[TechCabal] Blockchain payments startup Zone raises $8.5m in first funding as a standalone business

Zone, a Nigerian blockchain startup that helps banks and fintechs process payments, has raised $8.5 million, its first VC funding since it became a standalone business in 2022. Until 2022, Zone was part of its parent company Appzone.

Originally posted on TechCabal

Flourish Ventures and TLcom Capital, a pan-African venture capital fund, led the seed round, according to a statement on Monday. Other investors include international blockchain-focused VC firms Digital Currency Group, Verod-Kepple Africa Ventures, and Alter Global.

“The startup was funded initially by the parent company. When you separate the traditional business, the natural thing to do is to raise money to continue growth,” Obi Emetarom, CEO and co-founder of Zone, told TechCabal over a call.

With the new funding, Zone—Africa’s first regulated blockchain network for payments—will expand the coverage of its network domestically and connect more banks and financial services companies. The company runs a blockchain network that enables direct transaction flow between financial service providers without an intermediary. It automates settlement, reconciliation, and dispute management.

Zone claims over 15 of Africa’s largest banks and fintech companies use its network to process payments. Access Bank Plc, Guaranty Trust Bank Plc, and United Bank of Africa—three of Nigeria’s biggest banks with a market capitalisation of at least ₦1 trillion—are among its clients.

“We are excited by the potential for Zone’s technology to be replicated across borders to advance payment innovation globally,” Ameya Upadhyay, Partner at Flourish Ventures said.

Zone will improve its technology, especially in terms of instant settlements. The company will also roll out more use cases for its blockchain network beyond ATMs to reach more users.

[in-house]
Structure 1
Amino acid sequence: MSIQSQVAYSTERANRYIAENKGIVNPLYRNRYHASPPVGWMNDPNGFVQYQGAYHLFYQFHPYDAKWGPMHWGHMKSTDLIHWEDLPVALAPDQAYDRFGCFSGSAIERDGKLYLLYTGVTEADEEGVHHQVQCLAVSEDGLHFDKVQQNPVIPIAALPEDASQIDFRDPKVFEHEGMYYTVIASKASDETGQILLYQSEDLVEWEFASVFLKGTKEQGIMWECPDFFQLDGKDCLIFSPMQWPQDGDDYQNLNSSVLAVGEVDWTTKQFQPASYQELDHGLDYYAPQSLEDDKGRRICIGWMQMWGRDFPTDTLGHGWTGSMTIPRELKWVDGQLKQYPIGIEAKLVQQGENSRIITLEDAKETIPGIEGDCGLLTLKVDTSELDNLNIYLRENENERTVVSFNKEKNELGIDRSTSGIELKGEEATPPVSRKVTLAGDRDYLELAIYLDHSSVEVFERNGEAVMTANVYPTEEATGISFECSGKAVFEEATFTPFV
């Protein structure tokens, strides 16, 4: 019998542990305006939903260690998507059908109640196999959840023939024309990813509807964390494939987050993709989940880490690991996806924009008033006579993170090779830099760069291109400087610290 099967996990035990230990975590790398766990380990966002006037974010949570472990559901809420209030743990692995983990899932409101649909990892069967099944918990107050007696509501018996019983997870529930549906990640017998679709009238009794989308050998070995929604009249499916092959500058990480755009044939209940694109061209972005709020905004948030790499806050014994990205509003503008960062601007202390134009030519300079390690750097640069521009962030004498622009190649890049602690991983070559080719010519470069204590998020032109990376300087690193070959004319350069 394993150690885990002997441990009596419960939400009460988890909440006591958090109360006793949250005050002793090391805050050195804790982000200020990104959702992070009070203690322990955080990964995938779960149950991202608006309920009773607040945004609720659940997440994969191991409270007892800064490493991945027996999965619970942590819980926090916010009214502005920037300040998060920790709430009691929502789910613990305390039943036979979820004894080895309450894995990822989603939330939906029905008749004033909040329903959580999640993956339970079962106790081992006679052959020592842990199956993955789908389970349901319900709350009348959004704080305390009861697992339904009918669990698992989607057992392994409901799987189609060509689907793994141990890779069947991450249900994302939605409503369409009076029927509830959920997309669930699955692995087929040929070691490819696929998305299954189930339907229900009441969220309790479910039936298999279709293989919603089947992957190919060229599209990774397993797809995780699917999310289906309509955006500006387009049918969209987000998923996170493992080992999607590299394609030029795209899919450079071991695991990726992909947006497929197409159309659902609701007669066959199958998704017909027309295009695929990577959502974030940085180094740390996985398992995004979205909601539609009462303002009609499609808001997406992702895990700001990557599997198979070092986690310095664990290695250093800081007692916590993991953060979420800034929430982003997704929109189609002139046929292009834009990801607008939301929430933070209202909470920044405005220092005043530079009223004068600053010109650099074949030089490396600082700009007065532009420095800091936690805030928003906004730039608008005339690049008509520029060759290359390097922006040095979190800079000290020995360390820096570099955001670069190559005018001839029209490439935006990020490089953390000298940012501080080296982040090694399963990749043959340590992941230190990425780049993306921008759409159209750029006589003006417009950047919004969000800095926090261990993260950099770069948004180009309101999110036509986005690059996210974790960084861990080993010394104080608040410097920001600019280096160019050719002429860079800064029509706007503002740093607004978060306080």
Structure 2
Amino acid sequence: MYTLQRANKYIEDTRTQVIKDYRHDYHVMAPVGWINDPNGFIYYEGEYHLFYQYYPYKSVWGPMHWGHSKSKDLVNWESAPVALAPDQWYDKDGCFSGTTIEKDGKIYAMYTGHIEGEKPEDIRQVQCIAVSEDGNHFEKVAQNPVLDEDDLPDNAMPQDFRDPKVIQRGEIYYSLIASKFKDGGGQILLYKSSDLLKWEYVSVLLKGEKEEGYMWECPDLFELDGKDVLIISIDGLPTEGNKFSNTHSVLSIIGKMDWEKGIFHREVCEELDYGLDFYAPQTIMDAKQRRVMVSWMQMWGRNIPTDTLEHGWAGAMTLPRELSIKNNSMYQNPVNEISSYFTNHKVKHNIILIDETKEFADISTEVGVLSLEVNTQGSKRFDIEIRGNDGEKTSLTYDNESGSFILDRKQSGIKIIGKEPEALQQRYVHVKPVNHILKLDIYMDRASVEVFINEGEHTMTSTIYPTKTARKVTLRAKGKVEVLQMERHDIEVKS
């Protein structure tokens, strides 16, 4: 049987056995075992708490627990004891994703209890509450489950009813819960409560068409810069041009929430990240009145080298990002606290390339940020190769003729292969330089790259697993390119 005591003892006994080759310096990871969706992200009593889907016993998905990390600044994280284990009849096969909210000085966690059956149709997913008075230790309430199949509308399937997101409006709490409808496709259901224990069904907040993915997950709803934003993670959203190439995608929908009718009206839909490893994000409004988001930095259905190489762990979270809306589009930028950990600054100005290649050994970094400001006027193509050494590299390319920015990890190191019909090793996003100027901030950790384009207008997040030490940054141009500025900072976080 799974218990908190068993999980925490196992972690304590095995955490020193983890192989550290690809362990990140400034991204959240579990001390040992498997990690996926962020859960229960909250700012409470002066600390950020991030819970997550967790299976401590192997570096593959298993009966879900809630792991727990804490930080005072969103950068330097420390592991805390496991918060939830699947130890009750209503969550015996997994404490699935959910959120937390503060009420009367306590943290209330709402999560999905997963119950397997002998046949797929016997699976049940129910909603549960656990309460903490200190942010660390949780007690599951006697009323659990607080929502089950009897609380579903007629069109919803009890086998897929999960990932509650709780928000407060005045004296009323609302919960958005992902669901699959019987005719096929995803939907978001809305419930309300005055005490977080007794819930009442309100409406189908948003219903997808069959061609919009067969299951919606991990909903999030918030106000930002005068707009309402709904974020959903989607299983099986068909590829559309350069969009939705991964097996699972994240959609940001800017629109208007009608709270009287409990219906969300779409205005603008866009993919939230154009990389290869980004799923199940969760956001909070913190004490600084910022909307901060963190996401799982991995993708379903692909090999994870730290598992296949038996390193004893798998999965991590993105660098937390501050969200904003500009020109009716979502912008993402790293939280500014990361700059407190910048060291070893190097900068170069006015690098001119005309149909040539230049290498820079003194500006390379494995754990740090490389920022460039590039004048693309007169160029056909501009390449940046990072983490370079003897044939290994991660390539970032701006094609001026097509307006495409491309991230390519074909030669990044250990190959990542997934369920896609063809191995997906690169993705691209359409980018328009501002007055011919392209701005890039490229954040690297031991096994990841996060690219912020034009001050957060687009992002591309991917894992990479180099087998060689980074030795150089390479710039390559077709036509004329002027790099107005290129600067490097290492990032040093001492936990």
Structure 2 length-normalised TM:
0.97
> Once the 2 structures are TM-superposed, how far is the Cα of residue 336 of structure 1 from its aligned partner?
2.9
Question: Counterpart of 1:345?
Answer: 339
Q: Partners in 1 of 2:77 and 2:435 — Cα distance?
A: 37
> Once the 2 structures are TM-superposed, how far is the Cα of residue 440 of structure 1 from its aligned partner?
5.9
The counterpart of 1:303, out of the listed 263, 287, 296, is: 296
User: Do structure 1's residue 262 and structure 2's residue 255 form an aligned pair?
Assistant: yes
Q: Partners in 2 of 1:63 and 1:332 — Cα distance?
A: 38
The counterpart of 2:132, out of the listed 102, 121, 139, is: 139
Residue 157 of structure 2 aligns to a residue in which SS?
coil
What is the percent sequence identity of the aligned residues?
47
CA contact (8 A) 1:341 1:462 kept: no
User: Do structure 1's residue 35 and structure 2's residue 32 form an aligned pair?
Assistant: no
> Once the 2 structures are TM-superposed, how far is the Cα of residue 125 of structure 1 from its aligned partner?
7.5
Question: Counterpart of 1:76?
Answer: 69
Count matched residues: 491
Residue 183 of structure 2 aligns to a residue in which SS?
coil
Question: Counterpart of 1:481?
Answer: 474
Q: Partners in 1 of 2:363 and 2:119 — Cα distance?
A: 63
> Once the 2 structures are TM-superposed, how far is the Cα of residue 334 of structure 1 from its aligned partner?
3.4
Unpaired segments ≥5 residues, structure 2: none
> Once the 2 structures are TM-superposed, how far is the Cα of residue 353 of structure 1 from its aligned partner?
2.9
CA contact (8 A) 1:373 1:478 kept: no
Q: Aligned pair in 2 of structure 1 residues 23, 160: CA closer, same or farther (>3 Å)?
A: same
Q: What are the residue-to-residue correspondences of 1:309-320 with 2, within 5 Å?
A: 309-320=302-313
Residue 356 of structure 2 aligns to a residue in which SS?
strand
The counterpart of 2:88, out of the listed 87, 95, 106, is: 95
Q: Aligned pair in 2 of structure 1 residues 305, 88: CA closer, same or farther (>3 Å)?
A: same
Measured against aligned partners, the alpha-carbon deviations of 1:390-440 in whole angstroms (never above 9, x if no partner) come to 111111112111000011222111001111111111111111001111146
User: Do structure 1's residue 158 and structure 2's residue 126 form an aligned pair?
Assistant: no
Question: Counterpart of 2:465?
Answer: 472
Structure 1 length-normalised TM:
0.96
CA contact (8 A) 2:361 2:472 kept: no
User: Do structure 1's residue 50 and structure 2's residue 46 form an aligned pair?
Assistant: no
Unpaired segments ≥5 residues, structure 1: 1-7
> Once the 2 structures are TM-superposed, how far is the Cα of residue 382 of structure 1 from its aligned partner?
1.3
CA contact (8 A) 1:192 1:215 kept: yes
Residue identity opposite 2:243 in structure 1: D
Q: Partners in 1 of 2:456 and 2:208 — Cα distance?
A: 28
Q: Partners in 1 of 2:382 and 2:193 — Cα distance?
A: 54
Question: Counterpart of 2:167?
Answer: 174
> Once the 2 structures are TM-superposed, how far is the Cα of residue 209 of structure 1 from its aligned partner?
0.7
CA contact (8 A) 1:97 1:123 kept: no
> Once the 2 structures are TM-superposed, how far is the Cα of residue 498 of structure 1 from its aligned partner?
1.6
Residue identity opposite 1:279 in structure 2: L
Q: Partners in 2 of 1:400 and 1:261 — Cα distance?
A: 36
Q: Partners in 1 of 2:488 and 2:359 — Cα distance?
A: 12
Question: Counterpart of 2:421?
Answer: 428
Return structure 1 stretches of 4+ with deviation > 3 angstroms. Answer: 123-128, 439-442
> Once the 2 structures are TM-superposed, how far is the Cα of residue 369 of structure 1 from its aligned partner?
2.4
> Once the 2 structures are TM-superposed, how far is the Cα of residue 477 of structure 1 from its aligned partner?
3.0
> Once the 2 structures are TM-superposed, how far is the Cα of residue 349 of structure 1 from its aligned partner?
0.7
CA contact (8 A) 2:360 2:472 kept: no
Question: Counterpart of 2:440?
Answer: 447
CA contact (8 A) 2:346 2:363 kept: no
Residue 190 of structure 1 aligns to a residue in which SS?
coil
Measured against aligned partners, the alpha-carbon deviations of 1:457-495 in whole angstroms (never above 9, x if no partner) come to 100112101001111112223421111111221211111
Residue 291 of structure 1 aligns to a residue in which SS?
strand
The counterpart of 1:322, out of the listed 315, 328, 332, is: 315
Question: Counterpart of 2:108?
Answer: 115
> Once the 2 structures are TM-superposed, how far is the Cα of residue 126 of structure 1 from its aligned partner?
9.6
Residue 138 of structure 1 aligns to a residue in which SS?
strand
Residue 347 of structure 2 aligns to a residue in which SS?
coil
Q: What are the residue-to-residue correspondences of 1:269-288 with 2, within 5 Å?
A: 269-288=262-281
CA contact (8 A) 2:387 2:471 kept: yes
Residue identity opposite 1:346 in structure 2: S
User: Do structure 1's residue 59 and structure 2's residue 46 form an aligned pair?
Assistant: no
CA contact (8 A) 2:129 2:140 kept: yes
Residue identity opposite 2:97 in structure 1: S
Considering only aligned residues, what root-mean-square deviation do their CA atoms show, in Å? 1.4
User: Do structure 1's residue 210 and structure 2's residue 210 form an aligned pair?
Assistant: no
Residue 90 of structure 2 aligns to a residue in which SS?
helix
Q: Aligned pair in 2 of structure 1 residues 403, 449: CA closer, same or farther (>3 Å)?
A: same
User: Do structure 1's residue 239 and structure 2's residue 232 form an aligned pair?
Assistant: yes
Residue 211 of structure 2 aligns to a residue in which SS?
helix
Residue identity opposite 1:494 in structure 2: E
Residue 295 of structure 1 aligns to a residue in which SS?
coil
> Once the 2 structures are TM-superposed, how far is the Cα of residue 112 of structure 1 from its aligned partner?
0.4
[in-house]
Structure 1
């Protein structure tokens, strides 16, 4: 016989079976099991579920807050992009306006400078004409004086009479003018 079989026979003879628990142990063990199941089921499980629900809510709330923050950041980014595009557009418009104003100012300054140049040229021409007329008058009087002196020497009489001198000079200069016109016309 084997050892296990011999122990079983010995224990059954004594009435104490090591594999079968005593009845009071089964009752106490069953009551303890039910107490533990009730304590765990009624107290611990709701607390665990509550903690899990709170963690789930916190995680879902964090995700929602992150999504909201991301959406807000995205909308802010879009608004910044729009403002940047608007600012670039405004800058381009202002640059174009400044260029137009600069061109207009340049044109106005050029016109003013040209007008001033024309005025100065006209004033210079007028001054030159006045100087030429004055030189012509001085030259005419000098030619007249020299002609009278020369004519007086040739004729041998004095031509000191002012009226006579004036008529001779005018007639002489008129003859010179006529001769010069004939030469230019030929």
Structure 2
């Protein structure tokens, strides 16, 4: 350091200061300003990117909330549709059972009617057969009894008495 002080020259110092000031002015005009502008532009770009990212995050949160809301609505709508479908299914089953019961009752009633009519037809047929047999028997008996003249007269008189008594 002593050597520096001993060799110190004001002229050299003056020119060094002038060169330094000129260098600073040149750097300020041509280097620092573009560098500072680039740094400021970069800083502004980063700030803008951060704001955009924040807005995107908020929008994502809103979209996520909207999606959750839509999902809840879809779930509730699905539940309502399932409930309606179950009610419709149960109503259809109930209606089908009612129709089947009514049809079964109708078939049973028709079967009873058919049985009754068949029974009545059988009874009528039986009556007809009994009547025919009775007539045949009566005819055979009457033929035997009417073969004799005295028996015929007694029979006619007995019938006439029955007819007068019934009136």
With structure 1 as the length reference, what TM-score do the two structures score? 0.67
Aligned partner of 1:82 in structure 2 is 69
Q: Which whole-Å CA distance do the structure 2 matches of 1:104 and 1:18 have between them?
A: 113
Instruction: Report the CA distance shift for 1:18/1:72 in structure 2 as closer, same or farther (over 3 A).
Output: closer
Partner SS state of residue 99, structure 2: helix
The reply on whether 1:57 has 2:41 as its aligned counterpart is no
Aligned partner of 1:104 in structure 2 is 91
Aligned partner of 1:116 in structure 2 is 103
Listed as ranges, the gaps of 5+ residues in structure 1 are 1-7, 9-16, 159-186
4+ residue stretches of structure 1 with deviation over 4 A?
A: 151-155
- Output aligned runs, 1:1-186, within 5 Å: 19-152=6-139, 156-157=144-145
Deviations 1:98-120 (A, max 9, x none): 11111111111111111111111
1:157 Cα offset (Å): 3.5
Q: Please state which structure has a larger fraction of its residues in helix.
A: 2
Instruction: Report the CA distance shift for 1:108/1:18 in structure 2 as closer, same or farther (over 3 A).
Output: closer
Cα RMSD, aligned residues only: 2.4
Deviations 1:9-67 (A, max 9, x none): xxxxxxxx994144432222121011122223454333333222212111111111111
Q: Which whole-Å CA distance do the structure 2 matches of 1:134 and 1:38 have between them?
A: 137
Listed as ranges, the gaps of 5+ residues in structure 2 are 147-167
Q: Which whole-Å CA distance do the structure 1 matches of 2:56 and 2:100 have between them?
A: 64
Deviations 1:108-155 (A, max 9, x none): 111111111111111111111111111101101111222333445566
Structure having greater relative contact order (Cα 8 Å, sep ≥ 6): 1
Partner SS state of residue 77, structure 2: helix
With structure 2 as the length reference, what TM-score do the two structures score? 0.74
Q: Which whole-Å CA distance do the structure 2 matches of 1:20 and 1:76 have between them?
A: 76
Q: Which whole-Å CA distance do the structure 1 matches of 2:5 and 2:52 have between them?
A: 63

“We aren’t building the interface for the end users, we are building the API that banks, fintechs, and other financial service providers can integrate their payment applications to,” Emeratom said.

Zone’s fresh funding comes in a difficult fundraising market. African startups raised $3.2 billion in 2023—the lowest figure in three years, according to TechCabal’s funding tracker. “The participation of high-quality investors despite the funding drought and the fact that we had more interested investors than we needed, is a sign of trust in the Zone brand,” Emetarom said. He noted that Zone’s selling point to investors is the uniqueness of its product and the experience of the founders who are veterans in the banking industry. “We have seen a lot of customer-facing payment startups in the last five years. But you don’t have startups raising money to build payment infrastructure. That makes us unique.”

Zone has ambitions to extend its blockchain network across Africa. The company will spend part of the fresh funding to conduct a comprehensive pilot program to test its cross-border capabilities, as it plans to launch a remittance product in 2025. However, Zone isn’t in a rush to expand into new markets. “Right now, the focus is to build out the capabilities domestically on the technology side and use cases.”

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